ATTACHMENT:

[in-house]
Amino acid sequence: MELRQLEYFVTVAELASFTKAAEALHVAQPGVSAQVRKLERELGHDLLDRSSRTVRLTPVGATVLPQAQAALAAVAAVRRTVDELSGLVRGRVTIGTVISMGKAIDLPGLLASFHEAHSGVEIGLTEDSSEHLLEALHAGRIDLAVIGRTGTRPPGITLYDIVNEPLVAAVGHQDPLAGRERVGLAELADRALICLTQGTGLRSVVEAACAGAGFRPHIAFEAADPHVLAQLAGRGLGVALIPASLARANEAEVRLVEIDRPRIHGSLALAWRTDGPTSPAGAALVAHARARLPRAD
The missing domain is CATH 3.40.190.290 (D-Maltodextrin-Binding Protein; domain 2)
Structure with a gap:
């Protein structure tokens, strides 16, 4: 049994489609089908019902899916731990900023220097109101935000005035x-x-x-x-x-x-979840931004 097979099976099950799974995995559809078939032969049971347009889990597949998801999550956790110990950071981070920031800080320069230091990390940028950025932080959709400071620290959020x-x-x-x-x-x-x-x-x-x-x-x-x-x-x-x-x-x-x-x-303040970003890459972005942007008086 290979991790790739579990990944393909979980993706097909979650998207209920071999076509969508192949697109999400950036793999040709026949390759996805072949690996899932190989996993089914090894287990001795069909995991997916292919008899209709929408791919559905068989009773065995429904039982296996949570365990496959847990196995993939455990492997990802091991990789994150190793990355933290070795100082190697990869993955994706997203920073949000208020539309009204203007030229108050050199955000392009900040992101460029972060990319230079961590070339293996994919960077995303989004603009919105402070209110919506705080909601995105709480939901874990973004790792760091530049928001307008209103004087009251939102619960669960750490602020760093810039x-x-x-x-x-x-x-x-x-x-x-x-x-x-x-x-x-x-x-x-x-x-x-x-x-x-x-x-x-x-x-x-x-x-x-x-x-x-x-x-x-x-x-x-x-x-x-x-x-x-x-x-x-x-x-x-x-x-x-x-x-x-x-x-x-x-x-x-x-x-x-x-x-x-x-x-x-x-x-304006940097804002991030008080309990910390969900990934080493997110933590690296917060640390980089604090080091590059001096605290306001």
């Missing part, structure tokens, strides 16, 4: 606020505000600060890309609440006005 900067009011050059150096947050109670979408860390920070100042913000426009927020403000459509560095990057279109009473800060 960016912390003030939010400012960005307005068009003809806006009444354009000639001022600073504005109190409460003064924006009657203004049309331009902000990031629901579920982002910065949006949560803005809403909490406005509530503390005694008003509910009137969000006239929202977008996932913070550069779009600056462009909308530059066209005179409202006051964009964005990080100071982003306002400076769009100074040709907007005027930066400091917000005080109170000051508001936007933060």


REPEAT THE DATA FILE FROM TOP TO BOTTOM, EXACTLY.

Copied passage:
[in-house]
Amino acid sequence: MELRQLEYFVTVAELASFTKAAEALHVAQPGVSAQVRKLERELGHDLLDRSSRTVRLTPVGATVLPQAQAALAAVAAVRRTVDELSGLVRGRVTIGTVISMGKAIDLPGLLASFHEAHSGVEIGLTEDSSEHLLEALHAGRIDLAVIGRTGTRPPGITLYDIVNEPLVAAVGHQDPLAGRERVGLAELADRALICLTQGTGLRSVVEAACAGAGFRPHIAFEAADPHVLAQLAGRGLGVALIPASLARANEAEVRLVEIDRPRIHGSLALAWRTDGPTSPAGAALVAHARARLPRAD
The missing domain is CATH 3.40.190.290 (D-Maltodextrin-Binding Protein; domain 2)
Structure with a gap:
């Protein structure tokens, strides 16, 4: 049994489609089908019902899916731990900023220097109101935000005035x-x-x-x-x-x-979840931004 097979099976099950799974995995559809078939032969049971347009889990597949998801999550956790110990950071981070920031800080320069230091990390940028950025932080959709400071620290959020x-x-x-x-x-x-x-x-x-x-x-x-x-x-x-x-x-x-x-x-303040970003890459972005942007008086 290979991790790739579990990944393909979980993706097909979650998207209920071999076509969508192949697109999400950036793999040709026949390759996805072949690996899932190989996993089914090894287990001795069909995991997916292919008899209709929408791919559905068989009773065995429904039982296996949570365990496959847990196995993939455990492997990802091991990789994150190793990355933290070795100082190697990869993955994706997203920073949000208020539309009204203007030229108050050199955000392009900040992101460029972060990319230079961590070339293996994919960077995303989004603009919105402070209110919506705080909601995105709480939901874990973004790792760091530049928001307008209103004087009251939102619960669960750490602020760093810039x-x-x-x-x-x-x-x-x-x-x-x-x-x-x-x-x-x-x-x-x-x-x-x-x-x-x-x-x-x-x-x-x-x-x-x-x-x-x-x-x-x-x-x-x-x-x-x-x-x-x-x-x-x-x-x-x-x-x-x-x-x-x-x-x-x-x-x-x-x-x-x-x-x-x-x-x-x-x-304006940097804002991030008080309990910390969900990934080493997110933590690296917060640390980089604090080091590059001096605290306001």
């Missing part, structure tokens, strides 16, 4: 606020505000600060890309609440006005 900067009011050059150096947050109670979408860390920070100042913000426009927020403000459509560095990057279109009473800060 960016912390003030939010400012960005307005068009003809806006009444354009000639001022600073504005109190409460003064924006009657203004049309331009902000990031629901579920982002910065949006949560803005809403909490406005509530503390005694008003509910009137969000006239929202977008996932913070550069779009600056462009909308530059066209005179409202006051964009964005990080100071982003306002400076769009100074040709907007005027930066400091917000005080109170000051508001936007933060």